Published On : Tue, Dec 1st, 2015

Farmers in deep distress – no takers for oranges in Orange city Nagpur!

No takers for oranges this year

Our neighbours came to us in distress some days ago.

“Our orange orchard has ripened and fruits are ready to be harvested. But no merchant is coming to buy them, what to do?”


It came as a shock to them to realize that no one wanted to buy them because this year there is no market for oranges!


We have been hearing of Cotton farmers of Vidarbha losing money, losing hope and then losing life because of losses suffered in growing cotton.

Is it going to be the turn for the famous ‘Nagpur Orange’ farmers now?

Crashing prices

Consider this – the beautiful, big and sweet orange harvest of this ‘Ambiya bar’ is fetching a price of Rs. one to maximum Rs. 10 per Kg. By a conservative estimate if you get three oranges in a Kilo, that is 33 paisa for one orange.

Leave alone the cost of growing the orange trees and looking after the orchards year long, farmers are not being compensated for the money they have to spend for having the fruits plucked from trees. But they have to be plucked otherwise the tree suffers and subsequent flowering will not happen so the miserable Orange farmers of Vidarbha are having them plucked and often just throwing them on the roads. What else can they do? If they transport them to Nagpur or any other market place, the losses will only mount because they do not know what price they will get – or even if anyone will buy them.

What has happened for ‘our fruit’ to meet this sorry fate?

Overproduction over the last 4 years

The tragedy has been unfolding for the last 3 – 4 years but no one was paying attention. Least of all the agriculture Ministries sitting in Mumbai or Delhi – or agriculture officers based in every taluka and every town of our state.

Since the water level rose in nearby towns and villages due to changing rain fall in the past few years farmers of our area happily went back to planting oranges thinking it is a “cash crop” and will always bring good profit.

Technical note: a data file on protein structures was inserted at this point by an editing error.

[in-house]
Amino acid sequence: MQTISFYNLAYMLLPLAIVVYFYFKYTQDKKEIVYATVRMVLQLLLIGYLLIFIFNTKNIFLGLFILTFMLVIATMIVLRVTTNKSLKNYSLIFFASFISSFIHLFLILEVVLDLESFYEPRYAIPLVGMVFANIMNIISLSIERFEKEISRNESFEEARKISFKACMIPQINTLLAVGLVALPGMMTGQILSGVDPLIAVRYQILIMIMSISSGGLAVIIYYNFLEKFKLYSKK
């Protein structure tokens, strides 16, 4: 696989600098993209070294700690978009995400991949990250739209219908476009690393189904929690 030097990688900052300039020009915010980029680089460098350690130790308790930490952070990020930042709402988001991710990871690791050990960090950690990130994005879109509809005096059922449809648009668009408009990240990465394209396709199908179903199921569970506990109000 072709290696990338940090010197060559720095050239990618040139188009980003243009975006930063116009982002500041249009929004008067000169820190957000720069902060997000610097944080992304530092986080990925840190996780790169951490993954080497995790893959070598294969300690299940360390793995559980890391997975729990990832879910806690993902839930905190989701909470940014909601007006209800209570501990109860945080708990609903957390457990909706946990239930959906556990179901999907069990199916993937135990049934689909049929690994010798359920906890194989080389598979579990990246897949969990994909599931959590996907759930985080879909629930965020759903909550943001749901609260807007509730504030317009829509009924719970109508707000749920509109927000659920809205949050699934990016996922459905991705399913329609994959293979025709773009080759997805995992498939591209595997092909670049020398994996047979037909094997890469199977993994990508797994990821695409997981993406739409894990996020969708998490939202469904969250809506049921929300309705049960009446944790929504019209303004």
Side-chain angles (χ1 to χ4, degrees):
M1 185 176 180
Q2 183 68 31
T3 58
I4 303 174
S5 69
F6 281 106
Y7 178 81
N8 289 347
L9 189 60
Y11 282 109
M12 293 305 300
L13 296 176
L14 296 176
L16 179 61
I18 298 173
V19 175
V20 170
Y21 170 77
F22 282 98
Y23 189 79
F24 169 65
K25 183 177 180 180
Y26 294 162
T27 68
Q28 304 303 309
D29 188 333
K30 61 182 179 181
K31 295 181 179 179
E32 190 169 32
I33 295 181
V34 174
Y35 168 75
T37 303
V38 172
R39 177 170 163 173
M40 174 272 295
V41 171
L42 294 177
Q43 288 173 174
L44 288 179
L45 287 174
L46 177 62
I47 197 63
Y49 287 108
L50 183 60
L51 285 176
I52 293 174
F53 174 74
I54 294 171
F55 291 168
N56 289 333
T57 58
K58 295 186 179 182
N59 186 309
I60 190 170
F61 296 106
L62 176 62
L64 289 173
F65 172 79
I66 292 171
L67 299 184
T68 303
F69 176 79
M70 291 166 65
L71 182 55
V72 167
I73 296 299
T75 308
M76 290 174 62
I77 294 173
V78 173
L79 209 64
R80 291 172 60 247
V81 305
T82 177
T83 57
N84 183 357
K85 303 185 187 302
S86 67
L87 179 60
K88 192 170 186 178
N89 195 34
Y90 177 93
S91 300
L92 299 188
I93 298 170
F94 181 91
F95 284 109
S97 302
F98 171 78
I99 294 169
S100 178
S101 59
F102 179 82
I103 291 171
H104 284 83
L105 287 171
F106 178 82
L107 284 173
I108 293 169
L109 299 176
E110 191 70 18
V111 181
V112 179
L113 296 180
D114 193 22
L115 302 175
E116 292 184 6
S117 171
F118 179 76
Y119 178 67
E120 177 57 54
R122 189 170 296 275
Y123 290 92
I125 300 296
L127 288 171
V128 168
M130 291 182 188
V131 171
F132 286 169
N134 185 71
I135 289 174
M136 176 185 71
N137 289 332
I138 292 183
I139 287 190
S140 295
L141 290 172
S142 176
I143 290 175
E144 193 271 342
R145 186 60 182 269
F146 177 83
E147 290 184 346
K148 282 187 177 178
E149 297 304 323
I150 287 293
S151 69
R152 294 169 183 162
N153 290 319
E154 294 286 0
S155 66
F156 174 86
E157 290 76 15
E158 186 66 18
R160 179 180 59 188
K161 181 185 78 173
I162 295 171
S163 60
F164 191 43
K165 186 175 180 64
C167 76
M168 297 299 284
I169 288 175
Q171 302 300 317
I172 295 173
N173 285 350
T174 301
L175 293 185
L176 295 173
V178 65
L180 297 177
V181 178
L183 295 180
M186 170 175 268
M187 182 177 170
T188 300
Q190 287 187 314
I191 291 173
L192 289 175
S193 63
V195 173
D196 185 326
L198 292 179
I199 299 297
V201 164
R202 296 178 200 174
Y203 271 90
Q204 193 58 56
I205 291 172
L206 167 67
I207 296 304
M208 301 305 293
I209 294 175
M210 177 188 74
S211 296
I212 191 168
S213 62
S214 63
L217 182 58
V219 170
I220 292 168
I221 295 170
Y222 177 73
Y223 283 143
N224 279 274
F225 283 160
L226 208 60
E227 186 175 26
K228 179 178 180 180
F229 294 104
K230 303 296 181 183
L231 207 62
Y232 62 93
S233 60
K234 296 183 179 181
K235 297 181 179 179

Thus 1.5 crore saplings were brought from orange nurseries in Warud alone. If you add Ubali, Katol and Nagpur the figure goes to 3 crores. Assuming that even 50% of the saplings survived and grew we have 1.5 crore orange trees that grew and blossomed since 2004 onwards.( The orange sapling has to be developed by grafting orange shoot on to the wild ‘Jambheri’ tree and only some nurseries know the skill to do it).

An orange tree takes 5 – 6 years to mature and start yielding fruits so these new trees began selling in the market since 2009 – 2010. As long as there was good demand and they could be transported out to metros like Banglore, Chennai, Delhi and Mumbai it was alright. Prices were decreasing because of over supply but only marginally.

Prices reached rock bottom last year and many merchants who purchase entire orchards ( that is how orange is sold – not by number or by weight but entire orchard is bought by orange merchants) lost heavily. To the tune of crores even.

They hoped to recover some losses this year and were already looking to purchase oranges cheaper than last year.

Unseasonal rains in south killed markets

  1. Then the following things happened too : 

    There were unseasonal rains in Bangalore, Chennai and many towns of the south. In fact Chennai saw unprecedented floods and is still in chaos. Roads are cut off. The rains brought cold weather and no one wants to eat a citrus fruit when it is very cold. The demand for Nagpur oranges in these two states – Karnataka and Tamilnadu which were main markets crashed.